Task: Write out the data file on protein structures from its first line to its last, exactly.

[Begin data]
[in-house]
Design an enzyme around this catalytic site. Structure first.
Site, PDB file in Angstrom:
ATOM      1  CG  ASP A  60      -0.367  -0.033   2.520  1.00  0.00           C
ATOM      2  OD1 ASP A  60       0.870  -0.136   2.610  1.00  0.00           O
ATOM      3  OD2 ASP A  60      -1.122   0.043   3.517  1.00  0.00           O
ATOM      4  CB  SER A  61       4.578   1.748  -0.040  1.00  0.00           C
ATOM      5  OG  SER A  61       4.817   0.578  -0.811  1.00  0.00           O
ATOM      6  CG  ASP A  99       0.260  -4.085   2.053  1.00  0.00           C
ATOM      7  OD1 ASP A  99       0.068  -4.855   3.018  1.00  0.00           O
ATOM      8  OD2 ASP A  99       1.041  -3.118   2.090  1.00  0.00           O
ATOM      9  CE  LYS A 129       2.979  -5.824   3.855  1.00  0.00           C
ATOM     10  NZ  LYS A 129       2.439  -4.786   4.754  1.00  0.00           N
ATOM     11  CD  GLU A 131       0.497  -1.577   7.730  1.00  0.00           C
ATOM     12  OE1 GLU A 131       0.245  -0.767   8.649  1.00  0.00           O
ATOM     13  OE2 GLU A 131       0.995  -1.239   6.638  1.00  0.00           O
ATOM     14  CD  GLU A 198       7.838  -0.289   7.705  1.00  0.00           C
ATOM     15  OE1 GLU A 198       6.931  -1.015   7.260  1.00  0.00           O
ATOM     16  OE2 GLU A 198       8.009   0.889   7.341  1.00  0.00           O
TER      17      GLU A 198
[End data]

[in-house]
Design an enzyme around this catalytic site. Structure first.
Site, PDB file in Angstrom:
ATOM      1  CG  ASP A  60      -0.367  -0.033   2.520  1.00  0.00           C
ATOM      2  OD1 ASP A  60       0.870  -0.136   2.610  1.00  0.00           O
ATOM      3  OD2 ASP A  60      -1.122   0.043   3.517  1.00  0.00           O
ATOM      4  CB  SER A  61       4.578   1.748  -0.040  1.00  0.00           C
ATOM      5  OG  SER A  61       4.817   0.578  -0.811  1.00  0.00           O
ATOM      6  CG  ASP A  99       0.260  -4.085   2.053  1.00  0.00           C
ATOM      7  OD1 ASP A  99       0.068  -4.855   3.018  1.00  0.00           O
ATOM      8  OD2 ASP A  99       1.041  -3.118   2.090  1.00  0.00           O
ATOM      9  CE  LYS A 129       2.979  -5.824   3.855  1.00  0.00           C
ATOM     10  NZ  LYS A 129       2.439  -4.786   4.754  1.00  0.00           N
ATOM     11  CD  GLU A 131       0.497  -1.577   7.730  1.00  0.00           C
ATOM     12  OE1 GLU A 131       0.245  -0.767   8.649  1.00  0.00           O
ATOM     13  OE2 GLU A 131       0.995  -1.239   6.638  1.00  0.00           O
ATOM     14  CD  GLU A 198       7.838  -0.289   7.705  1.00  0.00           C
ATOM     15  OE1 GLU A 198       6.931  -1.015   7.260  1.00  0.00           O
ATOM     16  OE2 GLU A 198       8.009   0.889   7.341  1.00  0.00           O
TER      17      GLU A 198